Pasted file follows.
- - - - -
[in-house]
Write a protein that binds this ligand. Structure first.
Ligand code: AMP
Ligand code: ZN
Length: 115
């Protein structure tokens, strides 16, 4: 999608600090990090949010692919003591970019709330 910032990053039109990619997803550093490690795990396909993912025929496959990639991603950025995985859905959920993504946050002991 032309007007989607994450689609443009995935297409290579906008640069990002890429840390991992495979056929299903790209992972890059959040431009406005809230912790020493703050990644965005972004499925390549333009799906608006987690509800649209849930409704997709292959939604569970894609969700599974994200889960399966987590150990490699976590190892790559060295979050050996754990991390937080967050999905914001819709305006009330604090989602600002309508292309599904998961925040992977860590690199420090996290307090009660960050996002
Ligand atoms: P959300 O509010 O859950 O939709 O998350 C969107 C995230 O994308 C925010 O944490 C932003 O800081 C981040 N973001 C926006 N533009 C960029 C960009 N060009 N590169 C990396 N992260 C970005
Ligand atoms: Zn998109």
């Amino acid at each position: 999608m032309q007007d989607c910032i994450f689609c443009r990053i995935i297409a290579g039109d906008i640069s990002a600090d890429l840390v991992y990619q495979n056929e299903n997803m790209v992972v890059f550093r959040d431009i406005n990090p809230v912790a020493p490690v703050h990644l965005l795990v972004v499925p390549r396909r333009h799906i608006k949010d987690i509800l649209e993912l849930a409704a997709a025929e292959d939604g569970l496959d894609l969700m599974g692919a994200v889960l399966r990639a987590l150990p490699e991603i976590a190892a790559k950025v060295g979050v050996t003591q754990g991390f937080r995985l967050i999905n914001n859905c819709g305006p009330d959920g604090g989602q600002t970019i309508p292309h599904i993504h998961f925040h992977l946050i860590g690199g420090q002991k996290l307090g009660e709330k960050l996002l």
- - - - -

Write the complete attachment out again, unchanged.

[in-house]
Write a protein that binds this ligand. Structure first.
Ligand code: AMP
Ligand code: ZN
Length: 115
């Protein structure tokens, strides 16, 4: 999608600090990090949010692919003591970019709330 910032990053039109990619997803550093490690795990396909993912025929496959990639991603950025995985859905959920993504946050002991 032309007007989607994450689609443009995935297409290579906008640069990002890429840390991992495979056929299903790209992972890059959040431009406005809230912790020493703050990644965005972004499925390549333009799906608006987690509800649209849930409704997709292959939604569970894609969700599974994200889960399966987590150990490699976590190892790559060295979050050996754990991390937080967050999905914001819709305006009330604090989602600002309508292309599904998961925040992977860590690199420090996290307090009660960050996002
Ligand atoms: P959300 O509010 O859950 O939709 O998350 C969107 C995230 O994308 C925010 O944490 C932003 O800081 C981040 N973001 C926006 N533009 C960029 C960009 N060009 N590169 C990396 N992260 C970005
Ligand atoms: Zn998109």
């Amino acid at each position: 999608m032309q007007d989607c910032i994450f689609c443009r990053i995935i297409a290579g039109d906008i640069s990002a600090d890429l840390v991992y990619q495979n056929e299903n997803m790209v992972v890059f550093r959040d431009i406005n990090p809230v912790a020493p490690v703050h990644l965005l795990v972004v499925p390549r396909r333009h799906i608006k949010d987690i509800l649209e993912l849930a409704a997709a025929e292959d939604g569970l496959d894609l969700m599974g692919a994200v889960l399966r990639a987590l150990p490699e991603i976590a190892a790559k950025v060295g979050v050996t003591q754990g991390f937080r995985l967050i999905n914001n859905c819709g305006p009330d959920g604090g989602q600002t970019i309508p292309h599904i993504h998961f925040h992977l946050i860590g690199g420090q002991k996290l307090g009660e709330k960050l996002l």